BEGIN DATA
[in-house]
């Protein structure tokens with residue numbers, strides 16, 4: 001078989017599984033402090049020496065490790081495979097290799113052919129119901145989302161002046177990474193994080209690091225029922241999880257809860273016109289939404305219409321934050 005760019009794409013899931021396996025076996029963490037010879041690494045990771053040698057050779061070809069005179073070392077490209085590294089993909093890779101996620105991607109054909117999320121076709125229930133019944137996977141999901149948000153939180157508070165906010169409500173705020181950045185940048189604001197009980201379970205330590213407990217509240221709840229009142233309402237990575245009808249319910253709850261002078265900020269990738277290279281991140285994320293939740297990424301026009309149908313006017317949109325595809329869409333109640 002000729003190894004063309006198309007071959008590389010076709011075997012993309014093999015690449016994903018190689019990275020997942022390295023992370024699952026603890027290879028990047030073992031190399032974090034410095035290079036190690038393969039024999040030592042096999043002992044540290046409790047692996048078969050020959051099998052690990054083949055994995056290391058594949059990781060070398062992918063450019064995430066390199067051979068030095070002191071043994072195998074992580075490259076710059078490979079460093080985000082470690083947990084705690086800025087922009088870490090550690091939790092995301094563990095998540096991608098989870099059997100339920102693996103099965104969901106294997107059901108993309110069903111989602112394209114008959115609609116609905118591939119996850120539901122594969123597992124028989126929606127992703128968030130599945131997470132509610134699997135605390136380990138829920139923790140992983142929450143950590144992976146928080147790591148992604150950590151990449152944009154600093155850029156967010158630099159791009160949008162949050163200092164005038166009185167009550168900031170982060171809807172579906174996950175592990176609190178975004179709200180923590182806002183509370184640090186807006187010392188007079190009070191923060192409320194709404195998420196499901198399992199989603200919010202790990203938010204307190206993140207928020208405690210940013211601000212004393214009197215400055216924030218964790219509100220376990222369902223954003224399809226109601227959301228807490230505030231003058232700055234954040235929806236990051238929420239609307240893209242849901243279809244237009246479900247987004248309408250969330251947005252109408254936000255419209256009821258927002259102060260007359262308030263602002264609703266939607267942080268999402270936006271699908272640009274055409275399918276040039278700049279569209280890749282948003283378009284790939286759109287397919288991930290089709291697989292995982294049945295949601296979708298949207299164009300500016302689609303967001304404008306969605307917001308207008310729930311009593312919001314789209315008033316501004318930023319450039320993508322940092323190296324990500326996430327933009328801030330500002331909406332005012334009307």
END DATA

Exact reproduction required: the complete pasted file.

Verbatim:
[in-house]
């Protein structure tokens with residue numbers, strides 16, 4: 001078989017599984033402090049020496065490790081495979097290799113052919129119901145989302161002046177990474193994080209690091225029922241999880257809860273016109289939404305219409321934050 005760019009794409013899931021396996025076996029963490037010879041690494045990771053040698057050779061070809069005179073070392077490209085590294089993909093890779101996620105991607109054909117999320121076709125229930133019944137996977141999901149948000153939180157508070165906010169409500173705020181950045185940048189604001197009980201379970205330590213407990217509240221709840229009142233309402237990575245009808249319910253709850261002078265900020269990738277290279281991140285994320293939740297990424301026009309149908313006017317949109325595809329869409333109640 002000729003190894004063309006198309007071959008590389010076709011075997012993309014093999015690449016994903018190689019990275020997942022390295023992370024699952026603890027290879028990047030073992031190399032974090034410095035290079036190690038393969039024999040030592042096999043002992044540290046409790047692996048078969050020959051099998052690990054083949055994995056290391058594949059990781060070398062992918063450019064995430066390199067051979068030095070002191071043994072195998074992580075490259076710059078490979079460093080985000082470690083947990084705690086800025087922009088870490090550690091939790092995301094563990095998540096991608098989870099059997100339920102693996103099965104969901106294997107059901108993309110069903111989602112394209114008959115609609116609905118591939119996850120539901122594969123597992124028989126929606127992703128968030130599945131997470132509610134699997135605390136380990138829920139923790140992983142929450143950590144992976146928080147790591148992604150950590151990449152944009154600093155850029156967010158630099159791009160949008162949050163200092164005038166009185167009550168900031170982060171809807172579906174996950175592990176609190178975004179709200180923590182806002183509370184640090186807006187010392188007079190009070191923060192409320194709404195998420196499901198399992199989603200919010202790990203938010204307190206993140207928020208405690210940013211601000212004393214009197215400055216924030218964790219509100220376990222369902223954003224399809226109601227959301228807490230505030231003058232700055234954040235929806236990051238929420239609307240893209242849901243279809244237009246479900247987004248309408250969330251947005252109408254936000255419209256009821258927002259102060260007359262308030263602002264609703266939607267942080268999402270936006271699908272640009274055409275399918276040039278700049279569209280890749282948003283378009284790939286759109287397919288991930290089709291697989292995982294049945295949601296979708298949207299164009300500016302689609303967001304404008306969605307917001308207008310729930311009593312919001314789209315008033316501004318930023319450039320993508322940092323190296324990500326996430327933009328801030330500002331909406332005012334009307």